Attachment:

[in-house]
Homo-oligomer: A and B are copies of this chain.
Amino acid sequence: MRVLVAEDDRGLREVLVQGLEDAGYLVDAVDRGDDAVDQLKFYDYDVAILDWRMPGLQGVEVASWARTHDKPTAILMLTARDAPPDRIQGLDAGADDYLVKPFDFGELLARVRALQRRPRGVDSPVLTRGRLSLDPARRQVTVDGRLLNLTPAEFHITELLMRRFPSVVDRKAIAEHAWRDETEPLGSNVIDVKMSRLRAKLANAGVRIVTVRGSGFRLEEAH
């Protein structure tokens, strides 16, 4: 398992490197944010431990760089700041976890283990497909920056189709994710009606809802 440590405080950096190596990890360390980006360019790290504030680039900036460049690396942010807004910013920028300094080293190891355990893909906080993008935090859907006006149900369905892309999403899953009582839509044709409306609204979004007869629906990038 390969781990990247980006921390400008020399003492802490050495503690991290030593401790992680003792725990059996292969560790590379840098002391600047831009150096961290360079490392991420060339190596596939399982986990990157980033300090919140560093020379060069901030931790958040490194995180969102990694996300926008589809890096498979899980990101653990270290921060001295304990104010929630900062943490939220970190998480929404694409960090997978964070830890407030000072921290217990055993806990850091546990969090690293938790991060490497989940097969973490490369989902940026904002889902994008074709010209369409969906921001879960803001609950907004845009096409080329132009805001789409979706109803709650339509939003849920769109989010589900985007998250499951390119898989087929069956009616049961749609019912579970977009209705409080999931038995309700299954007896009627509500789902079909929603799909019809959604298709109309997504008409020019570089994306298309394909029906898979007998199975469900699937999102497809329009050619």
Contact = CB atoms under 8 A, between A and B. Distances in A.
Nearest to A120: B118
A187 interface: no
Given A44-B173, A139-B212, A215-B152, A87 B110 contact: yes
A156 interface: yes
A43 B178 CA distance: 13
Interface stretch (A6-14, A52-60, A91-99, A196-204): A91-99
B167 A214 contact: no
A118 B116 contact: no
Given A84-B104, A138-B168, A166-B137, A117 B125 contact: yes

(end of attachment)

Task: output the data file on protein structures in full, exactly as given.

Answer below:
[in-house]
Homo-oligomer: A and B are copies of this chain.
Amino acid sequence: MRVLVAEDDRGLREVLVQGLEDAGYLVDAVDRGDDAVDQLKFYDYDVAILDWRMPGLQGVEVASWARTHDKPTAILMLTARDAPPDRIQGLDAGADDYLVKPFDFGELLARVRALQRRPRGVDSPVLTRGRLSLDPARRQVTVDGRLLNLTPAEFHITELLMRRFPSVVDRKAIAEHAWRDETEPLGSNVIDVKMSRLRAKLANAGVRIVTVRGSGFRLEEAH
């Protein structure tokens, strides 16, 4: 398992490197944010431990760089700041976890283990497909920056189709994710009606809802 440590405080950096190596990890360390980006360019790290504030680039900036460049690396942010807004910013920028300094080293190891355990893909906080993008935090859907006006149900369905892309999403899953009582839509044709409306609204979004007869629906990038 390969781990990247980006921390400008020399003492802490050495503690991290030593401790992680003792725990059996292969560790590379840098002391600047831009150096961290360079490392991420060339190596596939399982986990990157980033300090919140560093020379060069901030931790958040490194995180969102990694996300926008589809890096498979899980990101653990270290921060001295304990104010929630900062943490939220970190998480929404694409960090997978964070830890407030000072921290217990055993806990850091546990969090690293938790991060490497989940097969973490490369989902940026904002889902994008074709010209369409969906921001879960803001609950907004845009096409080329132009805001789409979706109803709650339509939003849920769109989010589900985007998250499951390119898989087929069956009616049961749609019912579970977009209705409080999931038995309700299954007896009627509500789902079909929603799909019809959604298709109309997504008409020019570089994306298309394909029906898979007998199975469900699937999102497809329009050619």
Contact = CB atoms under 8 A, between A and B. Distances in A.
Nearest to A120: B118
A187 interface: no
Given A44-B173, A139-B212, A215-B152, A87 B110 contact: yes
A156 interface: yes
A43 B178 CA distance: 13
Interface stretch (A6-14, A52-60, A91-99, A196-204): A91-99
B167 A214 contact: no
A118 B116 contact: no
Given A84-B104, A138-B168, A166-B137, A117 B125 contact: yes